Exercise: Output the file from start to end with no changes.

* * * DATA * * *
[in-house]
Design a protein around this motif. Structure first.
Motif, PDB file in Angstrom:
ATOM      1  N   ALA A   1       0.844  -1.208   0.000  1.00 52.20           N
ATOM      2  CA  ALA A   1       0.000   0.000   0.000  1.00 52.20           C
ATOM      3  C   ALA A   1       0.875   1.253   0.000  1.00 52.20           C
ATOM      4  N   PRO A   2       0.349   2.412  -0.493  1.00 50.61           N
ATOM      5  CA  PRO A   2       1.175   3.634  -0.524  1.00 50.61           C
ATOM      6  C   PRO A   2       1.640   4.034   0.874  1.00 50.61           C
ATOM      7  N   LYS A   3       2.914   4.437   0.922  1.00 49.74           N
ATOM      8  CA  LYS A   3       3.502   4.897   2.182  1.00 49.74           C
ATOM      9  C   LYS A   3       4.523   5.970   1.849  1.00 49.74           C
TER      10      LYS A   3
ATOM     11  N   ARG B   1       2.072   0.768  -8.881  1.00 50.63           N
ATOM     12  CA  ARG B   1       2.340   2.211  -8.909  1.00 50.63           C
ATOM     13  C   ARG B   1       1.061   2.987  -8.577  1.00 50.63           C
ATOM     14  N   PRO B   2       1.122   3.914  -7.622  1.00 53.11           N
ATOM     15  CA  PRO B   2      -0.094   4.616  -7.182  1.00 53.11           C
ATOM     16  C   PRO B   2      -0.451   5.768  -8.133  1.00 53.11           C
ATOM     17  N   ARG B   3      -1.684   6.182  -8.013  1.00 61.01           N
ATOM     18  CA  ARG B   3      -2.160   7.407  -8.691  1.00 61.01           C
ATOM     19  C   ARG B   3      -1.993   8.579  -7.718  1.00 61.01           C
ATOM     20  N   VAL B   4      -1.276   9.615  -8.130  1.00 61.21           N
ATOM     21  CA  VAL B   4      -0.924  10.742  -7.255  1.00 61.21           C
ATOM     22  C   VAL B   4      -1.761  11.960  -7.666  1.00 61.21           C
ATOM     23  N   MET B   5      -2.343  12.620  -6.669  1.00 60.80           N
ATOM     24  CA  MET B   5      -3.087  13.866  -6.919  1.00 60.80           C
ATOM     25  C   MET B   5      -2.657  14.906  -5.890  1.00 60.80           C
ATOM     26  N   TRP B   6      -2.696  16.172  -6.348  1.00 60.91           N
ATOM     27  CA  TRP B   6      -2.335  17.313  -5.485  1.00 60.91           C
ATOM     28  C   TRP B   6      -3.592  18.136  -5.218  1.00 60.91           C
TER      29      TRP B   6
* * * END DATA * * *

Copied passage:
[in-house]
Design a protein around this motif. Structure first.
Motif, PDB file in Angstrom:
ATOM      1  N   ALA A   1       0.844  -1.208   0.000  1.00 52.20           N
ATOM      2  CA  ALA A   1       0.000   0.000   0.000  1.00 52.20           C
ATOM      3  C   ALA A   1       0.875   1.253   0.000  1.00 52.20           C
ATOM      4  N   PRO A   2       0.349   2.412  -0.493  1.00 50.61           N
ATOM      5  CA  PRO A   2       1.175   3.634  -0.524  1.00 50.61           C
ATOM      6  C   PRO A   2       1.640   4.034   0.874  1.00 50.61           C
ATOM      7  N   LYS A   3       2.914   4.437   0.922  1.00 49.74           N
ATOM      8  CA  LYS A   3       3.502   4.897   2.182  1.00 49.74           C
ATOM      9  C   LYS A   3       4.523   5.970   1.849  1.00 49.74           C
TER      10      LYS A   3
ATOM     11  N   ARG B   1       2.072   0.768  -8.881  1.00 50.63           N
ATOM     12  CA  ARG B   1       2.340   2.211  -8.909  1.00 50.63           C
ATOM     13  C   ARG B   1       1.061   2.987  -8.577  1.00 50.63           C
ATOM     14  N   PRO B   2       1.122   3.914  -7.622  1.00 53.11           N
ATOM     15  CA  PRO B   2      -0.094   4.616  -7.182  1.00 53.11           C
ATOM     16  C   PRO B   2      -0.451   5.768  -8.133  1.00 53.11           C
ATOM     17  N   ARG B   3      -1.684   6.182  -8.013  1.00 61.01           N
ATOM     18  CA  ARG B   3      -2.160   7.407  -8.691  1.00 61.01           C
ATOM     19  C   ARG B   3      -1.993   8.579  -7.718  1.00 61.01           C
ATOM     20  N   VAL B   4      -1.276   9.615  -8.130  1.00 61.21           N
ATOM     21  CA  VAL B   4      -0.924  10.742  -7.255  1.00 61.21           C
ATOM     22  C   VAL B   4      -1.761  11.960  -7.666  1.00 61.21           C
ATOM     23  N   MET B   5      -2.343  12.620  -6.669  1.00 60.80           N
ATOM     24  CA  MET B   5      -3.087  13.866  -6.919  1.00 60.80           C
ATOM     25  C   MET B   5      -2.657  14.906  -5.890  1.00 60.80           C
ATOM     26  N   TRP B   6      -2.696  16.172  -6.348  1.00 60.91           N
ATOM     27  CA  TRP B   6      -2.335  17.313  -5.485  1.00 60.91           C
ATOM     28  C   TRP B   6      -3.592  18.136  -5.218  1.00 60.91           C
TER      29      TRP B   6